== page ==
How to answer True, False, Not Given questions...

ScottsEnglishScottsEnglish Administrator Posts: 1,030 admin ✭✭✭✭✭✭✭
edited April 2017 in IELTS Test
In the IELTS test, you will almost certainly have to answer a True, False, Not Given question.

Why do students have problems with these kinds of questions?  The most common reason is they get confused between 'No' and 'Not Given'.  Let's try a couple of example questions.

Excerpt text from Reading Passage:
The kudzu vine (Pueraria lobata) also called Japanese arrowroot was deliberately imported from Japan to the United States in 1876. 

Question:
The Kudzu vine was accidentally brought from Japan to the United states.

We see that the excerpt text uses the word 'deliberately' which means 'intentionally, on purpose'. On the other hand, the question uses the word 'accidentally'.  Intentionally and accidentally are opposite in meaning so the answer to the question is 'False'.
The key to knowing if an answer is 'False' is to carefully compare the key word(s) in the question with the word(s) in the text. If the two words being compared are opposite to or oppose each other (eg: black-white, up-down, in-out, deliberately-accidentally) then the answer will always be 'False'.
Now, let's try another question.

Excerpt text from Reading Passage:
The kudzu vine (Pueraria lobata) also called Japanese arrowroot was deliberately imported from Japan to the United States in 1876. 

Question:
The kudzu vine was imported via ship from Japan to the United States.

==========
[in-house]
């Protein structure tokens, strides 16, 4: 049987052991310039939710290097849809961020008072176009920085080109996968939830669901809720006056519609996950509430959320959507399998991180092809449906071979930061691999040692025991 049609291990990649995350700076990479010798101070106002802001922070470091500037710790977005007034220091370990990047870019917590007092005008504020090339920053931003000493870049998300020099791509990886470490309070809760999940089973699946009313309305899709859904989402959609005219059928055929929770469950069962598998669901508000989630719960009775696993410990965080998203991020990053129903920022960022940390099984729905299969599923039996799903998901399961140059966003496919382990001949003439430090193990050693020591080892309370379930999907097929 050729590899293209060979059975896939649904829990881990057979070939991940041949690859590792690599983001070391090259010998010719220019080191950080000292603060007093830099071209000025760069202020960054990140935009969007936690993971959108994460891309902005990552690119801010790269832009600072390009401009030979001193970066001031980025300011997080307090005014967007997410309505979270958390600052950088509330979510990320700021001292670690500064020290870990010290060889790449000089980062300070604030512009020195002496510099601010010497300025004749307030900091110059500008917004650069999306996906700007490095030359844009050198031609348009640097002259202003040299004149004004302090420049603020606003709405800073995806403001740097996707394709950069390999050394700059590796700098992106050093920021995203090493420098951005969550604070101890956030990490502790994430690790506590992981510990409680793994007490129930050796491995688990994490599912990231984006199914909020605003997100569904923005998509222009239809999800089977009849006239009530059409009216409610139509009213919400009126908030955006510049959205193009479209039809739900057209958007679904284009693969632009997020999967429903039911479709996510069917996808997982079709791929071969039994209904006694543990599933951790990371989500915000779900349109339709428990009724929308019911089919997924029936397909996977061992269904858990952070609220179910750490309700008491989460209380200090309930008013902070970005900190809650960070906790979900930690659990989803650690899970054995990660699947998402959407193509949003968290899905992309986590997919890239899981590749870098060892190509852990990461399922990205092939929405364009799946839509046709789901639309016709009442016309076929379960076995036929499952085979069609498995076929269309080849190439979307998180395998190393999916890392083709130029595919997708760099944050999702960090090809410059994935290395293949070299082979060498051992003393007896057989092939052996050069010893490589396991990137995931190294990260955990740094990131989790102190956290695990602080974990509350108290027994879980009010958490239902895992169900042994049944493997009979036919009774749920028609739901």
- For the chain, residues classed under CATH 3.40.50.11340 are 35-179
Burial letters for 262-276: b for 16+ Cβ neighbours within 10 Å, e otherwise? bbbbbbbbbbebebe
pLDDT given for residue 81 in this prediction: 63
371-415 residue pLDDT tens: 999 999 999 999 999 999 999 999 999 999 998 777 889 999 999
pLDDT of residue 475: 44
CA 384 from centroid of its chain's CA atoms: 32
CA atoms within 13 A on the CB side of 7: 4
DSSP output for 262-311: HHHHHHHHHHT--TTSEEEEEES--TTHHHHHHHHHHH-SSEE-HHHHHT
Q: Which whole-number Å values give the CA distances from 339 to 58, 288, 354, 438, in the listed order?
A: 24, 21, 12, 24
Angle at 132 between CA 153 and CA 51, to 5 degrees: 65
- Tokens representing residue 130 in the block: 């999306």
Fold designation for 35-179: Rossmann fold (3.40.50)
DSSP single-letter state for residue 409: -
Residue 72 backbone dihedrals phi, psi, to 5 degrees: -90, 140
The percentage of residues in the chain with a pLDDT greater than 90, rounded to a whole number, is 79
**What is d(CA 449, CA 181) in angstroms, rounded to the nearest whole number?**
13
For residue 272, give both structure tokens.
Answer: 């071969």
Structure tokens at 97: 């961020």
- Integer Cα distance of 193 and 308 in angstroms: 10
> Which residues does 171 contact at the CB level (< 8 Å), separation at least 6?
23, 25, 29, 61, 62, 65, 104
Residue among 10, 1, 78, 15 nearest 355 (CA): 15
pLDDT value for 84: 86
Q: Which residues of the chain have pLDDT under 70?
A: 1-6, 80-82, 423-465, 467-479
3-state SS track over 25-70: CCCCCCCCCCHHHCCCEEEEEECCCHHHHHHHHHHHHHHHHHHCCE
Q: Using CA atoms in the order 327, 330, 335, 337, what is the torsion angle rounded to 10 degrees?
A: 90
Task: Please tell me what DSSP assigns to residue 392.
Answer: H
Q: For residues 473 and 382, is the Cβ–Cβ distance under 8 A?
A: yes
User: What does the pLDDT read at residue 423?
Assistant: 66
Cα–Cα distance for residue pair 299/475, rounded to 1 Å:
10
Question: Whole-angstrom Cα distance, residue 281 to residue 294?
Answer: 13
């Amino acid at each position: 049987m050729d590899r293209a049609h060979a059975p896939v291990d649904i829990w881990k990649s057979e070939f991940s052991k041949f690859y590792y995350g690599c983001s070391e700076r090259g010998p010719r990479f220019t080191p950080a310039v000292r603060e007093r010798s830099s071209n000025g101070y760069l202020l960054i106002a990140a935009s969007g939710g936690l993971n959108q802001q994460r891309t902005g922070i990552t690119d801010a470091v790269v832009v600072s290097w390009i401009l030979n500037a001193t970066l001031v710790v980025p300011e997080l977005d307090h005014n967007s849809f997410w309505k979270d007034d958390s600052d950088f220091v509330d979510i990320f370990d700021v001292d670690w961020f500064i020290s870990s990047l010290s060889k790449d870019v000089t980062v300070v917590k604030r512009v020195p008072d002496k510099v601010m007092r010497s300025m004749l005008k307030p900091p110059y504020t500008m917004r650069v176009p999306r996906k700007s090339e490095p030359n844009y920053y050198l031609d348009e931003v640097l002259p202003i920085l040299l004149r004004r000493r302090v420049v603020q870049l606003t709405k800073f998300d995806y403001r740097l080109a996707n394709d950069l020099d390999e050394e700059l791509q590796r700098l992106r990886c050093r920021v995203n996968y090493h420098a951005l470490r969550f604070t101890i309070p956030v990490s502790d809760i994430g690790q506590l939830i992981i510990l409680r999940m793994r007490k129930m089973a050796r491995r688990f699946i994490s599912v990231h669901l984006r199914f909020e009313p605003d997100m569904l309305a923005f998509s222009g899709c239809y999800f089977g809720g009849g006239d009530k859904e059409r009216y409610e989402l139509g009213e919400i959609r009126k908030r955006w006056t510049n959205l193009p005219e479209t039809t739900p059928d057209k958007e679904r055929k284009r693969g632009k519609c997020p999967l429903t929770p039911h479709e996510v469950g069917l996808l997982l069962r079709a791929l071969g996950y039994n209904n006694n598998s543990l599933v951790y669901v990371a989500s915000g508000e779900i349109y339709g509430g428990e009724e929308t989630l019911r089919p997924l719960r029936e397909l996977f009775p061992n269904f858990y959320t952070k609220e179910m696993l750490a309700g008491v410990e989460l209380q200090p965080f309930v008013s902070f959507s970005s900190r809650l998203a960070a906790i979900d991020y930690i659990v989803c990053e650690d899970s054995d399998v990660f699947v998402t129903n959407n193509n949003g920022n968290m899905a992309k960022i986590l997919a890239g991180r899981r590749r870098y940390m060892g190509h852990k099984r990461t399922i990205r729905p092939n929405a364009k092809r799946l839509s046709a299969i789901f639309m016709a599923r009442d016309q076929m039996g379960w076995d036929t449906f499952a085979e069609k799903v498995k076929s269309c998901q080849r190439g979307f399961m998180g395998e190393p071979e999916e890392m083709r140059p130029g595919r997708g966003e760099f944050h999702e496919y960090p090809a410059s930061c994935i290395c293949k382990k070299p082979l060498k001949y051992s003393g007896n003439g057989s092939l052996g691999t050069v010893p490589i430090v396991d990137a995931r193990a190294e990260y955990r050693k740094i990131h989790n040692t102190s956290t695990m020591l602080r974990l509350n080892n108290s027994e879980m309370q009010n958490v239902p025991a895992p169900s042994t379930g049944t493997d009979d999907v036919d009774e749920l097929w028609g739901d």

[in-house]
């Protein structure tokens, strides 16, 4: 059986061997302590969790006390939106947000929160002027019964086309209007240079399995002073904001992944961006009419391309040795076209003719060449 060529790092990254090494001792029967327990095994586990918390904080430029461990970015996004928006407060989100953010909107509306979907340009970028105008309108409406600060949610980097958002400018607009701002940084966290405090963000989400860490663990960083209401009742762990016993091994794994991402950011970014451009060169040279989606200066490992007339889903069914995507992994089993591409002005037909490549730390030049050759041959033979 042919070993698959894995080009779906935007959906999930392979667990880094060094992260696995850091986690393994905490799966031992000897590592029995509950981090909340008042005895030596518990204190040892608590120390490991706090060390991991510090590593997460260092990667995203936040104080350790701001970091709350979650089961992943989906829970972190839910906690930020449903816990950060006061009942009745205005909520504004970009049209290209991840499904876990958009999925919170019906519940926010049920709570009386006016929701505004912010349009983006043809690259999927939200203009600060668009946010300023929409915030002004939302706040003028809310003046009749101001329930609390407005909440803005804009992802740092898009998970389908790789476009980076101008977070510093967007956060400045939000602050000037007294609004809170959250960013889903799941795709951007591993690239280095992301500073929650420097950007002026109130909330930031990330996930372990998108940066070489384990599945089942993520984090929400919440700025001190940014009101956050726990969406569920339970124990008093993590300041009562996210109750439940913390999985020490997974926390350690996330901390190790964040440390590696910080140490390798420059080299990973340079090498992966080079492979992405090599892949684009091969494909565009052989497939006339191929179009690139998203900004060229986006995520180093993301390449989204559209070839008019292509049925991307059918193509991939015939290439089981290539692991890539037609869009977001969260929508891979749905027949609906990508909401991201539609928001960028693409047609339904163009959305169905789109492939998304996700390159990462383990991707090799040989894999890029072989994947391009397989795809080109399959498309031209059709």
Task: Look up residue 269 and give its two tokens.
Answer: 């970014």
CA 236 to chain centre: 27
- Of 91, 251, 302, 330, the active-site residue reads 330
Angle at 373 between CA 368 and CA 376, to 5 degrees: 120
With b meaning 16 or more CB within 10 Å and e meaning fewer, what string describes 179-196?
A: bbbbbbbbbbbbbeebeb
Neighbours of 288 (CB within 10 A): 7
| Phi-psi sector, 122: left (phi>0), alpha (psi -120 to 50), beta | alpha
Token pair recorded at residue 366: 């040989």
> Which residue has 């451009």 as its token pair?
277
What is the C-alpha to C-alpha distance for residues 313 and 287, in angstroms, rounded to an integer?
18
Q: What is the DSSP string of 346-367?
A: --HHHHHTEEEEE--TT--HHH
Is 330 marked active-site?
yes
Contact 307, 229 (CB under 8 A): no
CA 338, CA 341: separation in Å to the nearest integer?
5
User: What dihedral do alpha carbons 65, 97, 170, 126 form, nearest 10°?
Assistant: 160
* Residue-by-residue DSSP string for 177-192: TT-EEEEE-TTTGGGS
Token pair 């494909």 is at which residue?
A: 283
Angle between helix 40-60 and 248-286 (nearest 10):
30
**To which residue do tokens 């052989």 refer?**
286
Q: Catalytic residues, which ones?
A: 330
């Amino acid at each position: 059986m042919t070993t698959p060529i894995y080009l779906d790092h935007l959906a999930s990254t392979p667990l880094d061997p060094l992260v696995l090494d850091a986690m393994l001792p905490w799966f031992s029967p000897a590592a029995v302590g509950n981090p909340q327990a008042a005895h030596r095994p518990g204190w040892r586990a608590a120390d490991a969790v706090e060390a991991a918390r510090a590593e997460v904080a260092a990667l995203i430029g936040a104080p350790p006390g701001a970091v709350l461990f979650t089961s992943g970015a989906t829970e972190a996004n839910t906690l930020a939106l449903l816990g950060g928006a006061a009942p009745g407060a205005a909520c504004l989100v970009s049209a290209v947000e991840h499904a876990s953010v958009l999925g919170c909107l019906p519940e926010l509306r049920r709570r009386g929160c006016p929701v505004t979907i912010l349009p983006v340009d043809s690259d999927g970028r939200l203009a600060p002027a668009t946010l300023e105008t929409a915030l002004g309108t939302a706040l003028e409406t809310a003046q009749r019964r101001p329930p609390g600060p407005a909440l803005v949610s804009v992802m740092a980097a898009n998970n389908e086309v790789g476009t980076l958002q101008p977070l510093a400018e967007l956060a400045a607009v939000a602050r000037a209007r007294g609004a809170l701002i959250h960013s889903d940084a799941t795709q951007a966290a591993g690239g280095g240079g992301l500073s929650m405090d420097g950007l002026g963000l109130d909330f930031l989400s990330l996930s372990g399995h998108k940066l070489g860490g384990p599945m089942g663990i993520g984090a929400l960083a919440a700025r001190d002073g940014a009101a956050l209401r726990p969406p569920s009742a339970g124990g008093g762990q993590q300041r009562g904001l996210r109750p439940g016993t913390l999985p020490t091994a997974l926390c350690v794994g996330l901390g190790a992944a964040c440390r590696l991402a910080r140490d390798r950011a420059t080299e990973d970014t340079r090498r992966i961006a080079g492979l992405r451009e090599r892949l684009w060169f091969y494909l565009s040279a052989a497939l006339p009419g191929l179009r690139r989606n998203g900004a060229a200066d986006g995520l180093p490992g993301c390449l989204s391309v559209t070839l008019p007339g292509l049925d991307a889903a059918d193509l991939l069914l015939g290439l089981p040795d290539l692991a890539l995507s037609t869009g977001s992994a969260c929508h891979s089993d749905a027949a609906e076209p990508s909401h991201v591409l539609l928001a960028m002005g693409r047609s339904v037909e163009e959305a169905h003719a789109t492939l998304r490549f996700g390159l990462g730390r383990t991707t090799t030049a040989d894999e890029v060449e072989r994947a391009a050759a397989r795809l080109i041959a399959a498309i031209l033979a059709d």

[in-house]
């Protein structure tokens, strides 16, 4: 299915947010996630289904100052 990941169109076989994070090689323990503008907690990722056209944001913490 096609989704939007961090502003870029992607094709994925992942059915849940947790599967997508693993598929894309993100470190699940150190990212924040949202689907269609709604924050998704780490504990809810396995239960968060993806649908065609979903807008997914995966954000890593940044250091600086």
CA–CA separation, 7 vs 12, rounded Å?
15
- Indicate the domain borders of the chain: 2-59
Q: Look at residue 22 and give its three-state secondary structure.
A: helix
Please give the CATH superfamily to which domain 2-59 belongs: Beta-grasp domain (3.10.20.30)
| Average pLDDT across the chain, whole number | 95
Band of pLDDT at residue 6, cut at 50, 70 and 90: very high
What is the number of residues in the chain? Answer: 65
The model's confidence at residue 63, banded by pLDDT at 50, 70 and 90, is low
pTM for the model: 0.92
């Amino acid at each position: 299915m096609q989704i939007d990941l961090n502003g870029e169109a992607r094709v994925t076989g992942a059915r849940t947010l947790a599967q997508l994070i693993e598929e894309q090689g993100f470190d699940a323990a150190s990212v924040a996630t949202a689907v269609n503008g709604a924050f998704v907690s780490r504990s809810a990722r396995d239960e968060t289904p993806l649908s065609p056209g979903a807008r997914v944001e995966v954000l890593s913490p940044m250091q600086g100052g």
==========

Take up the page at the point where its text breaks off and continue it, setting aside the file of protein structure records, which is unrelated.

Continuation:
We see that the excerpt text states that kudzu was imported from Japan to the United States but we do not know how it was imported because it has not been mentioned.  In other words how it was imported is not given.  
The key to know if an answer is 'Not Given' is to carefully read each word in the question and then compare them with the words in the text.  If the ideas in the question contain extra, added information which is not in the text, then the answer will be 'Not Given'. 
Now, what about Yes, No, Not Given?  Can the same approach be used for Yes, No, Not Given questions?  The answer is 'yes'.  So, what's the difference between 'True, False, Not Given' and 'Yes, No, Not Given' questions?

Well, when the questions are about facts in the text, you'll have to decide whether the information is 'True, False or Not Given". When the passage is about opinions rather than facts, you'll be asked whether each statement agrees with the views given by the writer, and you'll have to answer 'Yes, No or Not Given".


For extra True, False, Not Given practice, go here.



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